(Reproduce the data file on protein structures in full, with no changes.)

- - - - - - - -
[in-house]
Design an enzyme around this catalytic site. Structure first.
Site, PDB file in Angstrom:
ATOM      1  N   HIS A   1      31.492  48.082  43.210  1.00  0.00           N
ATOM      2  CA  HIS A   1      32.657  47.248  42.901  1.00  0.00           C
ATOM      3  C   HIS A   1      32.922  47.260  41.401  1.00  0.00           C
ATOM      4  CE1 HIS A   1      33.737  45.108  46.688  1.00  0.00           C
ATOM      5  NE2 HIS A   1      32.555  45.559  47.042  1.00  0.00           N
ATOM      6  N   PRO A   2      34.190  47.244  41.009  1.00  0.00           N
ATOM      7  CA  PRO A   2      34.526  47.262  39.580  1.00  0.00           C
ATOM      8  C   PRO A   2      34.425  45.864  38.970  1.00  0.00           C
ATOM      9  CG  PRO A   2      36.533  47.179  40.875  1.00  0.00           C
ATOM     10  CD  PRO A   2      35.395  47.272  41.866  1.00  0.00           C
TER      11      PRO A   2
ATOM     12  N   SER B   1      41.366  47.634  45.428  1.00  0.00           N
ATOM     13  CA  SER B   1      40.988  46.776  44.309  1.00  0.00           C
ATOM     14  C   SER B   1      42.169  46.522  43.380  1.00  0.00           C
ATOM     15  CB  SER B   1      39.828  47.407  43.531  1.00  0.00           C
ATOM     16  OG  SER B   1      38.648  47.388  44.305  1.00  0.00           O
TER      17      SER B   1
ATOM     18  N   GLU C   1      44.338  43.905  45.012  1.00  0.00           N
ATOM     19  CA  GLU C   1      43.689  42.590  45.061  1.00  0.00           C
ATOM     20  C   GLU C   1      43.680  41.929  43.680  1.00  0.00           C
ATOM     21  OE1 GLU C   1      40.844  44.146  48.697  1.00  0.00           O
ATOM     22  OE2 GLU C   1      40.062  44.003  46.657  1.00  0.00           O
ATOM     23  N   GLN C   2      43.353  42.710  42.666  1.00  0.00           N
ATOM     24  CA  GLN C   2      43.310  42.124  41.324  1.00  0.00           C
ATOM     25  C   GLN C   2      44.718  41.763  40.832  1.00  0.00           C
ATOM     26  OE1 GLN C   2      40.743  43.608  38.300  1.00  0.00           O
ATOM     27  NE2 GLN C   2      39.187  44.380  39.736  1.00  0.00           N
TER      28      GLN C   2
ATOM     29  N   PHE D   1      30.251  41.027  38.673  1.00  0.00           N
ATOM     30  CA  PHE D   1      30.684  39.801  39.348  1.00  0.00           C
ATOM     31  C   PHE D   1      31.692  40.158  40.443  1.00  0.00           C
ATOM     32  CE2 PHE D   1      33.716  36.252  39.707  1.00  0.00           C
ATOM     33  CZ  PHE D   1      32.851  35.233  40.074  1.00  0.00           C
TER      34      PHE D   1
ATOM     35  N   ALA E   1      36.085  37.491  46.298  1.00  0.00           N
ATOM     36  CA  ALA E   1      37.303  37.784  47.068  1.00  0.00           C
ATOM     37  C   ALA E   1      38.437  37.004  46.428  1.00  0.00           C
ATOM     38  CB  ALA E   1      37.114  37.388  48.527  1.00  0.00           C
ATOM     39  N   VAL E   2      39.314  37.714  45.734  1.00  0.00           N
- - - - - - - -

[in-house]
Design an enzyme around this catalytic site. Structure first.
Site, PDB file in Angstrom:
ATOM      1  N   HIS A   1      31.492  48.082  43.210  1.00  0.00           N
ATOM      2  CA  HIS A   1      32.657  47.248  42.901  1.00  0.00           C
ATOM      3  C   HIS A   1      32.922  47.260  41.401  1.00  0.00           C
ATOM      4  CE1 HIS A   1      33.737  45.108  46.688  1.00  0.00           C
ATOM      5  NE2 HIS A   1      32.555  45.559  47.042  1.00  0.00           N
ATOM      6  N   PRO A   2      34.190  47.244  41.009  1.00  0.00           N
ATOM      7  CA  PRO A   2      34.526  47.262  39.580  1.00  0.00           C
ATOM      8  C   PRO A   2      34.425  45.864  38.970  1.00  0.00           C
ATOM      9  CG  PRO A   2      36.533  47.179  40.875  1.00  0.00           C
ATOM     10  CD  PRO A   2      35.395  47.272  41.866  1.00  0.00           C
TER      11      PRO A   2
ATOM     12  N   SER B   1      41.366  47.634  45.428  1.00  0.00           N
ATOM     13  CA  SER B   1      40.988  46.776  44.309  1.00  0.00           C
ATOM     14  C   SER B   1      42.169  46.522  43.380  1.00  0.00           C
ATOM     15  CB  SER B   1      39.828  47.407  43.531  1.00  0.00           C
ATOM     16  OG  SER B   1      38.648  47.388  44.305  1.00  0.00           O
TER      17      SER B   1
ATOM     18  N   GLU C   1      44.338  43.905  45.012  1.00  0.00           N
ATOM     19  CA  GLU C   1      43.689  42.590  45.061  1.00  0.00           C
ATOM     20  C   GLU C   1      43.680  41.929  43.680  1.00  0.00           C
ATOM     21  OE1 GLU C   1      40.844  44.146  48.697  1.00  0.00           O
ATOM     22  OE2 GLU C   1      40.062  44.003  46.657  1.00  0.00           O
ATOM     23  N   GLN C   2      43.353  42.710  42.666  1.00  0.00           N
ATOM     24  CA  GLN C   2      43.310  42.124  41.324  1.00  0.00           C
ATOM     25  C   GLN C   2      44.718  41.763  40.832  1.00  0.00           C
ATOM     26  OE1 GLN C   2      40.743  43.608  38.300  1.00  0.00           O
ATOM     27  NE2 GLN C   2      39.187  44.380  39.736  1.00  0.00           N
TER      28      GLN C   2
ATOM     29  N   PHE D   1      30.251  41.027  38.673  1.00  0.00           N
ATOM     30  CA  PHE D   1      30.684  39.801  39.348  1.00  0.00           C
ATOM     31  C   PHE D   1      31.692  40.158  40.443  1.00  0.00           C
ATOM     32  CE2 PHE D   1      33.716  36.252  39.707  1.00  0.00           C
ATOM     33  CZ  PHE D   1      32.851  35.233  40.074  1.00  0.00           C
TER      34      PHE D   1
ATOM     35  N   ALA E   1      36.085  37.491  46.298  1.00  0.00           N
ATOM     36  CA  ALA E   1      37.303  37.784  47.068  1.00  0.00           C
ATOM     37  C   ALA E   1      38.437  37.004  46.428  1.00  0.00           C
ATOM     38  CB  ALA E   1      37.114  37.388  48.527  1.00  0.00           C
ATOM     39  N   VAL E   2      39.314  37.714  45.734  1.00  0.00           N